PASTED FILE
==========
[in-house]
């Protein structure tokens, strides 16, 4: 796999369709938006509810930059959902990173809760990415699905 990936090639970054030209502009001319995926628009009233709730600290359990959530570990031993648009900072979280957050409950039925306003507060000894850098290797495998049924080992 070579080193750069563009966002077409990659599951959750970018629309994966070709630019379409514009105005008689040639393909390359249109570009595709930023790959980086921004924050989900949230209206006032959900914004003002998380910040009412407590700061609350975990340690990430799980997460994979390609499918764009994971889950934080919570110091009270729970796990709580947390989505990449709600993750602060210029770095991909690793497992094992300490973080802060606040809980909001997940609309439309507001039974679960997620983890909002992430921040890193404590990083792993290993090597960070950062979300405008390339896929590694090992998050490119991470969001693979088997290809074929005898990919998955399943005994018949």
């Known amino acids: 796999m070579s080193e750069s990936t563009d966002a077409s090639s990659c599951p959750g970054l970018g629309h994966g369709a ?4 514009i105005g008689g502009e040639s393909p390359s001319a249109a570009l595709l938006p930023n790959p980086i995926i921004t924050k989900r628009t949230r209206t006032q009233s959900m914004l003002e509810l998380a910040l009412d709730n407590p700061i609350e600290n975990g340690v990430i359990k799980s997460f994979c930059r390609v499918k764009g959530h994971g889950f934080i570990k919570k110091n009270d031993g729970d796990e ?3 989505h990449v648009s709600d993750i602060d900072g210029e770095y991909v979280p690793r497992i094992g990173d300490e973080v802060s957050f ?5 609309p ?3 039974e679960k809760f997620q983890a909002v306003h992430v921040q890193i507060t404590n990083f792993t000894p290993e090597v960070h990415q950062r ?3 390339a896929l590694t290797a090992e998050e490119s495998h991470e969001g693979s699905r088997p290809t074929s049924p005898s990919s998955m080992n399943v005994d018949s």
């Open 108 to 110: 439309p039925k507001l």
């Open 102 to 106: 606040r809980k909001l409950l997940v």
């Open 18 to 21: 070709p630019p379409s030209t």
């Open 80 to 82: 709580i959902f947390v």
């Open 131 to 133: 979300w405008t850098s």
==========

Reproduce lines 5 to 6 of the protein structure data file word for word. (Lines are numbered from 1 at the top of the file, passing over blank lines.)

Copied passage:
């Open 102 to 106: 606040r809980k909001l409950l997940v």
């Open 18 to 21: 070709p630019p379409s030209t």